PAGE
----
2. Melt the lead
Smaller melt pots such as the 10 pound capacity Lee Production Pot 4 have a 500 watt heater and will require 10-30 minutes to melt a pot of lead, depending on how well the ingots fit the melt pot and the ambient temperature and wind that will be cooling the melt pot. Leaving the melt pot unattended is a bad idea because the valve may stick open slightly and the lead can melt and run out the bottom of the melt pot and all over your work area. It also represents a potential fire hazard, as the melt pot will operate at around 700°F, which is well above the ignition temperature of common items such as paper, wood and fabric. For maximal convenience, the best solution may be two smaller melt pots so one pot can be melting lead while casting from the other pot, or one larger capacity furnace that can accommodate the addition of an ingot without cooling the molten lead too much or interfering with the bottom pour valve. Shown in the foreground is the steel ladle and the dross skimmed from the molten surface and deposited onto aluminum foil for easy disposal. Shown in the back is the old towel used to catch bullets, a six cavity aluminum mold, a regular screwdriver used to turn the valve stem to clear debris, and the needle nose pliers used to pick up small hot objects, usually for transfer to the melt pot.
3. Skim the dross
Add a pea sized piece of flux, or a similar amount of powdered flux and stir it into the molten lead using the ladle. Fluxing generates a lot of smoke, which is one reason that bullet casting should always be done outside. Be careful not to inhale any of the smoke, and try to avoid letting the smoke contact your clothing to minimize exposure to lead. Use the ladle to scoop the fine, fluffy grayish brown powder from the surface of the molten lead and gently transfer it to the aluminum foil to prevent the dross from becoming an airborne cloud that can be inhaled, or settling on adjacent surfaces to contaminate them. Midway sells ClearCast, a good flux specifically intended for lead casting. A pound is about $8.00 on sale and may be a lifetime supply.
4. Apply mold release
The mold should be thoroughly cleaned using a fully evaporating solvent such as isopropyl alcohol or white gas to remove all oils remaining from the machining process. This only needs to be done once on new molds, or after any time a steel mold is sprayed with an oil or wax to prevent it from rusting, which is a good reason to use aluminum molds. Next, deposit a thin layer of carbon inside the mold to act as a mold release. The old method of blackening a mold used a burning kitchen match. A much faster method uses a spray that is essentially fine carbon in a solvent. The process resembles spraying black or dark gray spray paint. The solvent quickly evaporates, leaving a uniform coating of carbon.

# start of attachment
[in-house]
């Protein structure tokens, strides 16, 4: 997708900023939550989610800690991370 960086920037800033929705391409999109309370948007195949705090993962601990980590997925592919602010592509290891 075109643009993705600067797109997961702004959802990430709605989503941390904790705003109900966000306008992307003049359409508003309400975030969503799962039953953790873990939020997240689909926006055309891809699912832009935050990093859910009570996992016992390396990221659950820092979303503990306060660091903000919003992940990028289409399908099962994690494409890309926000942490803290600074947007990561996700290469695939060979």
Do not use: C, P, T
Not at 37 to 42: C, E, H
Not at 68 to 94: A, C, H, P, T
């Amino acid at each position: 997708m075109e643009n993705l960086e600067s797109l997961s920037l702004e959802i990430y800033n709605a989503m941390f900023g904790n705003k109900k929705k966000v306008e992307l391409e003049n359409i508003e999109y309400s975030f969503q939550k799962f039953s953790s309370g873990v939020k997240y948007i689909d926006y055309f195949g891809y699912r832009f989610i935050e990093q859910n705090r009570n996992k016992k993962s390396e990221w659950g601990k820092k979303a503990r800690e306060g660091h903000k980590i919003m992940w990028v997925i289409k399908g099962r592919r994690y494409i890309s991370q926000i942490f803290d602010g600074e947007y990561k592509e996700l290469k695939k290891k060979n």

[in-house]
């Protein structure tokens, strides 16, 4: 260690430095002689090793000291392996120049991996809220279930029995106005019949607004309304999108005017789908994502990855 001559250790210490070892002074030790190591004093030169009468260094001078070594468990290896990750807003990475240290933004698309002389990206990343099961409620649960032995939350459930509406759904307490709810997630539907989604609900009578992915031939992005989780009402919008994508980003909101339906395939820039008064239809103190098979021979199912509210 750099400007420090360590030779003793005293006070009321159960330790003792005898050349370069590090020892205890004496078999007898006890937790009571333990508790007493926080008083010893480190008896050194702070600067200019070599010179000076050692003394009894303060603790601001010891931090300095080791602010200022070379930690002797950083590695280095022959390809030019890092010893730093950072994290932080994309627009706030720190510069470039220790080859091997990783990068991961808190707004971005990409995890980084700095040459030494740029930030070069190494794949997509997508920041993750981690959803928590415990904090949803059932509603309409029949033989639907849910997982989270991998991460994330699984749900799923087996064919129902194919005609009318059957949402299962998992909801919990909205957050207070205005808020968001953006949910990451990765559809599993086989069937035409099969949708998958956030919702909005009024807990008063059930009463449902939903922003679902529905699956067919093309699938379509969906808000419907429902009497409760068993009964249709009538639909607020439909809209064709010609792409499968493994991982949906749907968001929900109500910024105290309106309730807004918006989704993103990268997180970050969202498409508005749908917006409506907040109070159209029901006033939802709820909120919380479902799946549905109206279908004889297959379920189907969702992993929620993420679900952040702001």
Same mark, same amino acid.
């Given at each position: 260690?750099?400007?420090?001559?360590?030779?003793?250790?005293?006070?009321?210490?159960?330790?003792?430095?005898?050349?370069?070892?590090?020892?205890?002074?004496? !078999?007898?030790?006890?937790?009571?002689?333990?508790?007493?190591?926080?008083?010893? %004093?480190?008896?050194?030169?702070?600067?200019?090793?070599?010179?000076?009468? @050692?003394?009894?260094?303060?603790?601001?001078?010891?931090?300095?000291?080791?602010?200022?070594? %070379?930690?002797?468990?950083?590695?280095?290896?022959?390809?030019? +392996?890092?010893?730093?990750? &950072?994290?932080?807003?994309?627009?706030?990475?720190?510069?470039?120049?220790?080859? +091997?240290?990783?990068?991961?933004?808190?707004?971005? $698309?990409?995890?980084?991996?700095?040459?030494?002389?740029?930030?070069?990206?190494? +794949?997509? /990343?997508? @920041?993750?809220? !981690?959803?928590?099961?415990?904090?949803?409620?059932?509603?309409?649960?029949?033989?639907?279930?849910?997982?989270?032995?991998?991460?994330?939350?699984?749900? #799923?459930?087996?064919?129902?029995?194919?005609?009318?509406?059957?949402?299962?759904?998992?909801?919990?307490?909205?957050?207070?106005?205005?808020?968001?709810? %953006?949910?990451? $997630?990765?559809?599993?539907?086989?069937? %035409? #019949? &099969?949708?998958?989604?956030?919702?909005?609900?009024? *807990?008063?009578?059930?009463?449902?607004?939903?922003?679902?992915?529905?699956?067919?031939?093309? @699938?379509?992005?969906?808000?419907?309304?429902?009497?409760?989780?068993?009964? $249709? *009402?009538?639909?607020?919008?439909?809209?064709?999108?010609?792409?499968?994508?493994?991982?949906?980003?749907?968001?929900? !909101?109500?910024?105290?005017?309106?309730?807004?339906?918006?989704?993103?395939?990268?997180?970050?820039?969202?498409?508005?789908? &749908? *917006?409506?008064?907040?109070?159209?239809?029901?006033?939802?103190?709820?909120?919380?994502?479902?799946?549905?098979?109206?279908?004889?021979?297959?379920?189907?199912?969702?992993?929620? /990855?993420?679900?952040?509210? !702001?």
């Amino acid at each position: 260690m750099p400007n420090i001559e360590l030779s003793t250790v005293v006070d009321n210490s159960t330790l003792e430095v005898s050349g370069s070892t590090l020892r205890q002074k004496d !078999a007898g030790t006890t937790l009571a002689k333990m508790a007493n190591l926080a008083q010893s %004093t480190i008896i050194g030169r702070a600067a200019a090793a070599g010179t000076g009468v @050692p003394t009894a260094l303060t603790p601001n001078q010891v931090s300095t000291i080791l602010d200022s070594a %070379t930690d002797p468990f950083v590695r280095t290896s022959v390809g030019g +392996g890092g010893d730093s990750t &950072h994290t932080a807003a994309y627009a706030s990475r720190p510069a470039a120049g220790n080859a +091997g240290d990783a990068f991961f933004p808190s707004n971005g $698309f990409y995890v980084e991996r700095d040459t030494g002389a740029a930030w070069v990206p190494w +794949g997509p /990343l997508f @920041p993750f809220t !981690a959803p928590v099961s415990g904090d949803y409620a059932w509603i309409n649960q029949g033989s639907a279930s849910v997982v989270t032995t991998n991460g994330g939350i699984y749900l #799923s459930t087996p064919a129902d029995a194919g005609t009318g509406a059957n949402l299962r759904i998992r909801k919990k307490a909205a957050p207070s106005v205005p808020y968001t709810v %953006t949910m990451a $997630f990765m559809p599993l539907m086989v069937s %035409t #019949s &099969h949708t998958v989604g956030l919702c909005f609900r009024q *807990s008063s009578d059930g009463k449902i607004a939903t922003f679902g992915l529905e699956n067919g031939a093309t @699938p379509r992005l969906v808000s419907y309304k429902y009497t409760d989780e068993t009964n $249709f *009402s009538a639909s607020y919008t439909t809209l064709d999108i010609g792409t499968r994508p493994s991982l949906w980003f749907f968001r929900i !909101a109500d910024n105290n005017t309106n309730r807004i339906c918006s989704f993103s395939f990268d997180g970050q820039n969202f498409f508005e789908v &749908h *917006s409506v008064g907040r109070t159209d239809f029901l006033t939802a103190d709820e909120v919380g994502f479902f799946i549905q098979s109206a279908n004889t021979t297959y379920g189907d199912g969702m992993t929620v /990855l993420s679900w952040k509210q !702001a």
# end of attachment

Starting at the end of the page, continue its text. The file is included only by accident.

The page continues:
5. Cast the bullets
Preheat aluminum molds by dipping the end into the molten lead. Be sure the mold is tightly closed to keep lead from sticking to the inner mating faces of the mold, where it could hold the mold open and produce larger, out-of-round bullets. If the lead solidifies around the mold, the lead is not hot enough or the mold is not hot enough. After about 30 seconds the mold will probably be hot enough to start casting bullets. Make certain the mold is completely closed by holding the handles firmly together. Make certain the sprue plate is completely closed. Hold the mold opening under the spout with one hand and lift the valve handle with the other hand to start the flow of lead. The valve opens more as the handle is lifted higher, so you can control the flow rate. Some molds fill faster than others. With a multi-cavity mold, when the lead starts to pool above the sprue plate, move the mold to expose the next cavity to the stream of molten lead. When all mold cavities are full, lower the valve handle to stop the flow of lead.
6. Cut the sprue
Watch the lead above the last poured mold cavity. Within a couple of seconds you should see it solidify as it turns from shiny to dull and the surface sinks slightly. Pull the sprue plate handle to the side. The base of the handle has a cam that pivots on the side of the mold body to produce a mechanical advantage to shear the sprue at the base of the bullets. If casting shotgun slugs, the sprue is cut on top of the slug because the base is hollow. If the sprue plate was not completely closed when the lead was poured, the cam cannot generate any leverage to cut the sprue. In this case, wedge the screwdriver blade between the cam and the mold body to fill the space, and then activate the sprue plate handle to cut the sprue. You may be able to gently return the cut sprue directly into the top of the melt pot, but only do so if you can reliably do this without causing any molten lead to slosh out of the pot.